At many of these kinds of situations, a quick look at the tired, beat up audio gear gives away a lot of the story: pieces of gear gaffed to each other, wiring looms moved around and never sorted out, tired and sullen audio techs who have long past their prime, etc. (I'm not knocking anyone who works hard for their living, but you can probably imagine the kind of situation I mean.....underpaid people who can't get work elsewhere, who eventually just do the best they can, with the inferior gear they're handed. Eventually, it grinds them down, and they end up just doing the bare mimimum to get by, while 90% of the audience doesn't know the difference anyway.

By contrast, outside contractor folks who come in with bright & shiny, cutting edge recording rigs are either met with scorn or awe. I'm always holding my breath until the moment we actually get connected to any existing house system or crew. You never know what's going to be waiting for you, but you hope for the best until proven otherwise.

mdemeyer Fri, 06/01/2007 - 23:09

Glad you got good results with CaseCAD (I'm the guy who rocks, I guess :D ). For the amount we all have invested in gear, I believe it's worth the extra to pack it safely. And I gives me some kind if geeky pleasure to see it all tucked in so neatly...

For others - http:// - no commercial affiliation, just a satisfied customer.


Pro Audio Guest Mon, 05/28/2007 - 08:05
I am always very worried when the equipment looks brand new. Still, if dude had fun, that is his playtime.

We are slaving for over 25 years to field an impressive and reliable set-up. I love how most things (except the mics) looks real beat. It's all in excellent repair, it just looks used and beat.

Oh the places we've been. . .

Cucco Mon, 05/28/2007 - 11:23
There's definitely money to be had. The question is - how much??

I don't take anywhere near $150K on site with me, but I do take 4 Pelican 1610 cases, 2 Pelican 1510 cases (which probably all could be run over by tanks and survive) as well as 2 to 4 SKB Rack cases (varying in size) holding mic pres, HD24s, converters, LCD monitors, etc. Everything we use cable-wise is custom including custom-made Monster Cable snakes (I know there are varied opinions on MC stuff, but it is pretty darned good, plus the people that snoop around peaking at gear always get a kick out of seeing Monster's logo on custom snakes that they KNOW cost more than their first car...)as well as several of my own brew.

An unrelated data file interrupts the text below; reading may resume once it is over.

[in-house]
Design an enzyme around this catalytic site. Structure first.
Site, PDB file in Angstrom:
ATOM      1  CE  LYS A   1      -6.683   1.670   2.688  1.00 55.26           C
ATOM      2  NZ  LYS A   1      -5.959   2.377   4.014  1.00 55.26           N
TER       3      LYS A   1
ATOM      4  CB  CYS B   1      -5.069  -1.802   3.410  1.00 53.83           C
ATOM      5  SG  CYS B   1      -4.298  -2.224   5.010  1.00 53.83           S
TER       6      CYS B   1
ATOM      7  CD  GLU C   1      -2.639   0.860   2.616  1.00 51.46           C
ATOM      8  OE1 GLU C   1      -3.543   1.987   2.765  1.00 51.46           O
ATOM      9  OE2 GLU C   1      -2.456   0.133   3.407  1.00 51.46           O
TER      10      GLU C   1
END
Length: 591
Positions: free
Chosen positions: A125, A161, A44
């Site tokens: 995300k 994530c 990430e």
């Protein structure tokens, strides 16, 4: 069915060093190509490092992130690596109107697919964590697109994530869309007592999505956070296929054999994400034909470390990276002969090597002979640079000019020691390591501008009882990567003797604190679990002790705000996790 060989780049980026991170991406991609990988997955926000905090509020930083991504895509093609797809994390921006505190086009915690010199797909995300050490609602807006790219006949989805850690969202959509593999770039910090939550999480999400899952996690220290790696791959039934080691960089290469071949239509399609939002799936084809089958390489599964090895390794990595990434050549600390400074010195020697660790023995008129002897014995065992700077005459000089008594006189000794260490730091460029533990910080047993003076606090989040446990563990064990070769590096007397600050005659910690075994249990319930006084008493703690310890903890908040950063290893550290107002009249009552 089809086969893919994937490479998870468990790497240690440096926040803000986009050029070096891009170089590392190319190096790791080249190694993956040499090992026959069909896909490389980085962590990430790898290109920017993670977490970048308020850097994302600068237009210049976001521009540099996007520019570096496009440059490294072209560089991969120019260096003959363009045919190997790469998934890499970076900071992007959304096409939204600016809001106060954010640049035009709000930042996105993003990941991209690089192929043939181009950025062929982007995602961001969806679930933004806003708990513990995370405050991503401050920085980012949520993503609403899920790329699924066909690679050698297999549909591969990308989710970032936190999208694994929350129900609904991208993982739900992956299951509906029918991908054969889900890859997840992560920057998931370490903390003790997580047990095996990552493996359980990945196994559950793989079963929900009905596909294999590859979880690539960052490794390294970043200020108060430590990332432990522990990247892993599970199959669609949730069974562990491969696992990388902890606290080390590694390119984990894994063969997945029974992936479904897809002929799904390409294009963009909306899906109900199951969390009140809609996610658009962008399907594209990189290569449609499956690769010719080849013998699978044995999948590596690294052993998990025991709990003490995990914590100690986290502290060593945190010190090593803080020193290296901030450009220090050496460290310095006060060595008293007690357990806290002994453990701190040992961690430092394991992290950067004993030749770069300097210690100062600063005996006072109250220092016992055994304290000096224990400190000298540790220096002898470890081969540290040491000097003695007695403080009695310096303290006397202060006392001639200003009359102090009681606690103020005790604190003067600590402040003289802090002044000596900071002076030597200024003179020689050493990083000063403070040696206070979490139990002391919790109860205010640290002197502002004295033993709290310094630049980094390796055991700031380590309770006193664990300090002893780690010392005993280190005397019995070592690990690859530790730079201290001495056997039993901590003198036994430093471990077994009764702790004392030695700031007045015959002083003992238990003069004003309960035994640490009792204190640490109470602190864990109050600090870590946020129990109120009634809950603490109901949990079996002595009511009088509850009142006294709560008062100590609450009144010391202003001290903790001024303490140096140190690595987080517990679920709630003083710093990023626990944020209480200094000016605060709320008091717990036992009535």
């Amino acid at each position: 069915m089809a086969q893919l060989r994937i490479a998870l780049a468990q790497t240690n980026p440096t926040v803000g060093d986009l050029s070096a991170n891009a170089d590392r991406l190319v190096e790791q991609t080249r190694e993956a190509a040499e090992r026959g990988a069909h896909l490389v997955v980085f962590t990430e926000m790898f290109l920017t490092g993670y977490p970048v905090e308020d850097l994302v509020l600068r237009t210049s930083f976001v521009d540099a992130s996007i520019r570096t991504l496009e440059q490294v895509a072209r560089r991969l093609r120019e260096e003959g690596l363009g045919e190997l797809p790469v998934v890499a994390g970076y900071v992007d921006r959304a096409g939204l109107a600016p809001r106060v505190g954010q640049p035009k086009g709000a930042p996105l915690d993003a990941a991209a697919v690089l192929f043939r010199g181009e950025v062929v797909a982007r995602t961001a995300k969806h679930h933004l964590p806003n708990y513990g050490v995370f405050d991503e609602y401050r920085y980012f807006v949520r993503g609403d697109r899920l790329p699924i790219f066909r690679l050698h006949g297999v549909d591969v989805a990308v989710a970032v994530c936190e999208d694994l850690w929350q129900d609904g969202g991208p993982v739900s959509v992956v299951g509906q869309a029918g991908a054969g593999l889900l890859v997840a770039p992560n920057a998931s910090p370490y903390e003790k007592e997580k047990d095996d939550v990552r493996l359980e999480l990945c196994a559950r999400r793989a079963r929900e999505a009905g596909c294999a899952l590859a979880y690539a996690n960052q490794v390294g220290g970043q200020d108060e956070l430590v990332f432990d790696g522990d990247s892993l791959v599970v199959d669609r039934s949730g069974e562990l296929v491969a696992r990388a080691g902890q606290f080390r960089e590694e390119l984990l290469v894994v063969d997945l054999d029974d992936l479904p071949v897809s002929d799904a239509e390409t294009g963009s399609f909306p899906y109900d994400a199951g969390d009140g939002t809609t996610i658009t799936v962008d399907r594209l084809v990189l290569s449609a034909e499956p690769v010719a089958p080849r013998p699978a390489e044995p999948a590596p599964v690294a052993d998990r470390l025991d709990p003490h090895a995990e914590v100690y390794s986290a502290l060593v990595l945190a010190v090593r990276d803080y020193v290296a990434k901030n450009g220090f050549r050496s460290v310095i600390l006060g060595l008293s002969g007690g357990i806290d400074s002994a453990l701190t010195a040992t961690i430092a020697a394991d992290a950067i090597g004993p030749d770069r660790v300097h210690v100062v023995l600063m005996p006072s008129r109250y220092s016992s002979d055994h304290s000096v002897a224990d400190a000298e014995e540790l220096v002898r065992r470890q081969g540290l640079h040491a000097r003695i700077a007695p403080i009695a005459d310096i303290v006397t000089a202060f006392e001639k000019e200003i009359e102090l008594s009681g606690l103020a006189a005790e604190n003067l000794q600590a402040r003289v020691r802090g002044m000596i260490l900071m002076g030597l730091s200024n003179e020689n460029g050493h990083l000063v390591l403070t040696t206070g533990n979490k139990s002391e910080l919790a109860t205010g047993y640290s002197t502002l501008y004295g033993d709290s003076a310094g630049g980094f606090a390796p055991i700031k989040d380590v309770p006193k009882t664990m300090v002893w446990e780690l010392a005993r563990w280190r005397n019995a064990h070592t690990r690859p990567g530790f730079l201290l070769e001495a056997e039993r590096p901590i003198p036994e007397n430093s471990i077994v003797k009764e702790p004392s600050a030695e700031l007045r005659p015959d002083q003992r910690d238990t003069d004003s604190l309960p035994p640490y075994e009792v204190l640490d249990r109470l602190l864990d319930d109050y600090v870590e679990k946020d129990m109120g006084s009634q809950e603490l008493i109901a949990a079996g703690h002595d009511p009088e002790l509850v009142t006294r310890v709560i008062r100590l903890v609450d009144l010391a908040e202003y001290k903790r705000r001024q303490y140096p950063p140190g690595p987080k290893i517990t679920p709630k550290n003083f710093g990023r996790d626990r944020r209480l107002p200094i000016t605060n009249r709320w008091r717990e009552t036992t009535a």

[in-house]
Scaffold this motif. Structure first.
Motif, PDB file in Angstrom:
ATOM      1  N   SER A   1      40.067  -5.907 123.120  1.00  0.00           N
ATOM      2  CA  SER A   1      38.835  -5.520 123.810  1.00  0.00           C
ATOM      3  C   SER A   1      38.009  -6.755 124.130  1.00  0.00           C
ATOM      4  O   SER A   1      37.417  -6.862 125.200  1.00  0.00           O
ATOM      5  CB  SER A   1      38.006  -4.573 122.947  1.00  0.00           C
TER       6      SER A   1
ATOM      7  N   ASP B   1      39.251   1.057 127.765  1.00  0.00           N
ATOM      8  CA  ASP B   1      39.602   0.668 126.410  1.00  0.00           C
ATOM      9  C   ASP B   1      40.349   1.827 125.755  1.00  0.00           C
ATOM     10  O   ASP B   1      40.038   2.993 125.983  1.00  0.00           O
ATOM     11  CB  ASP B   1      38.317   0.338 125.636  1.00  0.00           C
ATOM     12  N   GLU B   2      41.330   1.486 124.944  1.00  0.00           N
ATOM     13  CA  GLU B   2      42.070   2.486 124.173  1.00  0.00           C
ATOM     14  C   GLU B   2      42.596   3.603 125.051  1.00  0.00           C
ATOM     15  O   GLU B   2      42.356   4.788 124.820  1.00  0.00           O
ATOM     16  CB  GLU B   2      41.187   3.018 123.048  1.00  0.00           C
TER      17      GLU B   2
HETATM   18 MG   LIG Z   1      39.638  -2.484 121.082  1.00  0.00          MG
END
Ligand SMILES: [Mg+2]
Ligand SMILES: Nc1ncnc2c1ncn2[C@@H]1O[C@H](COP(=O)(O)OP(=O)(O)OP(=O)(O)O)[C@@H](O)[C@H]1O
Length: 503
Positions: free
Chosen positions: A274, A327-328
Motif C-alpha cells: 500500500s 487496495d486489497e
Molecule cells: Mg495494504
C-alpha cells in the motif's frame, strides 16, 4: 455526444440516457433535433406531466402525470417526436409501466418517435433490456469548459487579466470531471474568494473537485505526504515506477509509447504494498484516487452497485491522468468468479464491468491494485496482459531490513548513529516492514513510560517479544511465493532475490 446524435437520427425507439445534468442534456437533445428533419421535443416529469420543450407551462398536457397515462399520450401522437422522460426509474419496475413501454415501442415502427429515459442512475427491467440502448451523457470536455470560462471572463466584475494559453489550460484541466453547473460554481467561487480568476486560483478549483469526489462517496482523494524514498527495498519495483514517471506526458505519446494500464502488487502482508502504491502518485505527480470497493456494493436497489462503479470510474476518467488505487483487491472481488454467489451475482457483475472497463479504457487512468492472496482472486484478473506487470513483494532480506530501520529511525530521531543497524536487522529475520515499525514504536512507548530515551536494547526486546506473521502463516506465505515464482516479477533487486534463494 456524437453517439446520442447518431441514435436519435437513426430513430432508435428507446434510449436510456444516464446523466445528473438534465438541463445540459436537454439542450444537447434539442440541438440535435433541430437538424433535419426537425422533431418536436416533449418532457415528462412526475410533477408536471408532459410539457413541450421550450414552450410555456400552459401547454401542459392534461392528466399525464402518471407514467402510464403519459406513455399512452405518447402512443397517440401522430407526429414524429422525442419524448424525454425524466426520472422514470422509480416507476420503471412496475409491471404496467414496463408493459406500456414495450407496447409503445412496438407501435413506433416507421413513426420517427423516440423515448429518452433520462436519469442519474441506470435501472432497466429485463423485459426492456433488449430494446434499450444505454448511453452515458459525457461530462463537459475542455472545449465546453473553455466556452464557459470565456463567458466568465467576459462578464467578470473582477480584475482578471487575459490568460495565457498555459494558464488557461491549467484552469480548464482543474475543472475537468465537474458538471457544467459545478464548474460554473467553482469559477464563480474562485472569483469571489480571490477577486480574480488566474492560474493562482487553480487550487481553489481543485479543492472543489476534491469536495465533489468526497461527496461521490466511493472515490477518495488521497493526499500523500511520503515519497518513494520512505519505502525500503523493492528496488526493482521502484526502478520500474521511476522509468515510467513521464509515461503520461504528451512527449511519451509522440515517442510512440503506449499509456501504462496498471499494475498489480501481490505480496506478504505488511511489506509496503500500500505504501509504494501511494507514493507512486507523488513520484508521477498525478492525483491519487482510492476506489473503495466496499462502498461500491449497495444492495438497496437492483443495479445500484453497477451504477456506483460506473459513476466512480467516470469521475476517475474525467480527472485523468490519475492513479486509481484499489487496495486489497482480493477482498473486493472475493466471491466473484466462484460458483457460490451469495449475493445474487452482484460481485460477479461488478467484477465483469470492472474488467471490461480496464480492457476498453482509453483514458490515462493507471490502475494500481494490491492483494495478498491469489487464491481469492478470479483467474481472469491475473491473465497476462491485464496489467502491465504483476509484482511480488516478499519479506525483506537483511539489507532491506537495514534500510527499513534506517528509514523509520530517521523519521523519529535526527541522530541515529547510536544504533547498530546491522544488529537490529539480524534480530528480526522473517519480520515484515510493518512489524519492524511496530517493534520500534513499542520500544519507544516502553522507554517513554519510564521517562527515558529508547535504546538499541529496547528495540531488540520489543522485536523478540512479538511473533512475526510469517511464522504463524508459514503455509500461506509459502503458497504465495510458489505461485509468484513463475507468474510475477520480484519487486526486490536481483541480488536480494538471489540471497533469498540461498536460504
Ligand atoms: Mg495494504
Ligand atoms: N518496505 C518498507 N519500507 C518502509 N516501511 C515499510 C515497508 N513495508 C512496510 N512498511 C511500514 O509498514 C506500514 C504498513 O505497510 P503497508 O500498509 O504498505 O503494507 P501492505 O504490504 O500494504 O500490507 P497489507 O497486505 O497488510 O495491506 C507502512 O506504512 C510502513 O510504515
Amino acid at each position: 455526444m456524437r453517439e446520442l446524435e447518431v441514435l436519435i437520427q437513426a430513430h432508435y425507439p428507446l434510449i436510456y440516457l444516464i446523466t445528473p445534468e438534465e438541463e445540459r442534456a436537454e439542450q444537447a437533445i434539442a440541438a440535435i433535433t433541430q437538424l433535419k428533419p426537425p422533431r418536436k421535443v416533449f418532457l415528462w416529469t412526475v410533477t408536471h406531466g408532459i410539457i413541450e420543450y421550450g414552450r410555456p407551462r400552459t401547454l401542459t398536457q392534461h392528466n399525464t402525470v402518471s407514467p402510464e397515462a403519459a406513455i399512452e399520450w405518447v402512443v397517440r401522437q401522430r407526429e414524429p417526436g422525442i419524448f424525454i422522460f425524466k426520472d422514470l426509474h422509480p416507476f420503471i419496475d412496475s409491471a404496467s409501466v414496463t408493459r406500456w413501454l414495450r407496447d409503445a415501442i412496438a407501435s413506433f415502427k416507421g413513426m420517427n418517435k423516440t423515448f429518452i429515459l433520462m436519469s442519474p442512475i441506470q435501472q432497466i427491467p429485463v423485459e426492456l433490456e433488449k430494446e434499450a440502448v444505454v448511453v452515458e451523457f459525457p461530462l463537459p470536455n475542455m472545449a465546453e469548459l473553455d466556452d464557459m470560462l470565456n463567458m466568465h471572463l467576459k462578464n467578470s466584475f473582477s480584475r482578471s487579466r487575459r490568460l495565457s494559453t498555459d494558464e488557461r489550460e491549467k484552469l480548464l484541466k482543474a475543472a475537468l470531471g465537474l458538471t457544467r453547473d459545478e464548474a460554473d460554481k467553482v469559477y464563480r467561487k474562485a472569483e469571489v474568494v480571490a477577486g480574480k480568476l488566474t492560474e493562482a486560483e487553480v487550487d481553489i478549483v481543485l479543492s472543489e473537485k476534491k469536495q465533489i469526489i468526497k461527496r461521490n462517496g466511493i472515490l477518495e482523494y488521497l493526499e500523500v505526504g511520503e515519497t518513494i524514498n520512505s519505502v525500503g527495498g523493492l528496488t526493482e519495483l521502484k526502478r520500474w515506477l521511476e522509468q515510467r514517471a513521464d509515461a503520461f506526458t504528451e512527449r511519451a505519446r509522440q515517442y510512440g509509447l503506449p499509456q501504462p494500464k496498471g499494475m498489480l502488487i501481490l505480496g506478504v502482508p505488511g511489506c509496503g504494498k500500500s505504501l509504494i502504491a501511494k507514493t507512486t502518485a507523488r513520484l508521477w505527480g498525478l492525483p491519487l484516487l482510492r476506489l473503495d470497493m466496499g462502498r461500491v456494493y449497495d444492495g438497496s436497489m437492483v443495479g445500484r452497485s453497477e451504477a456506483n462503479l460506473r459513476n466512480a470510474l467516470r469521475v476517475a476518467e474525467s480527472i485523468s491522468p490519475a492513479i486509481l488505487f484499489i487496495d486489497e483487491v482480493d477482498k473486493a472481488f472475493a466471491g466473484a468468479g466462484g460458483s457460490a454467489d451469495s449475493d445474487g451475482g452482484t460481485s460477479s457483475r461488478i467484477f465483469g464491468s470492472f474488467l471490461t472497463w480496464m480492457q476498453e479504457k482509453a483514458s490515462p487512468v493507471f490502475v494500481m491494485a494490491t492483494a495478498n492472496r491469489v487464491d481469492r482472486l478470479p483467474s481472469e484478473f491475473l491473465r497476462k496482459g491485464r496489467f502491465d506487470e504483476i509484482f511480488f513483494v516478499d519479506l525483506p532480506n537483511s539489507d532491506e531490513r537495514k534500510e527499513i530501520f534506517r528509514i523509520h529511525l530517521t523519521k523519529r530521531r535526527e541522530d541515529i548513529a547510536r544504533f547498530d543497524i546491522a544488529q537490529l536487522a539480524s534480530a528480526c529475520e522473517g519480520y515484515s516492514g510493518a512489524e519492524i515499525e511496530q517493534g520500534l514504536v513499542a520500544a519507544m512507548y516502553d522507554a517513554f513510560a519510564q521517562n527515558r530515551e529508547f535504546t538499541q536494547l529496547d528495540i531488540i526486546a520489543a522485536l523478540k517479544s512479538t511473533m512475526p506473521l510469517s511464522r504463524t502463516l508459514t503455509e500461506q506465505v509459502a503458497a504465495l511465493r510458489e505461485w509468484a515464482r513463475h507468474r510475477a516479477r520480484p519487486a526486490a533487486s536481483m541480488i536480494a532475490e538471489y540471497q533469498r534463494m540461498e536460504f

I'll also state for the record, that even my oldest piece of gear looks almost ready for the show room. I know your logic Plush - kinda like if you see a person's Bible and it looks brand new... I just don't let ANYONE touch the gear (not even staff or even my wife) until they've had the "lecture" from me as well as been properly trained on how to handle the gear. Plus, everything has it's place in crates and most everything fits snugly in custom foam. (BTW - who ever recommended CaseCAD - THANKS!!! You rock! I've gotten a piece from them recently and though it was pricey, I will DEFINITELY be ordering more from them!)

The trick to me doing all of this (without even going into debt) is to turn the studio money back around into the studio. I hope to eventually retire from my day job (actually, with the way things are working out, it looks like it will happen in about 9 years!) and then do the recording thing full time. By that point, I want to have invested as much as I can into the studio without having any debt or overhead. That way, any money earned (or most of it - there are obviously some consumable items and upgrades and hired help, etc) is money kept.

As Sheet states - we do it for the love, not for the money. Of course, you of all people know that.

Cheers -


Cucco Mon, 05/28/2007 - 11:27
Cucco wrote:
I don't take anywhere near $150K on site with me,

Actually...I just did some quick math with the Windows calculator. I apparently take around $41,500 on site to most "larger" gigs. (Full orchestra/Full Chorus, Multi-Session/Multi-Day recordings).

Hmmm...I guess I have to update my insurance. I'm only covered for $25K of off-premises loss.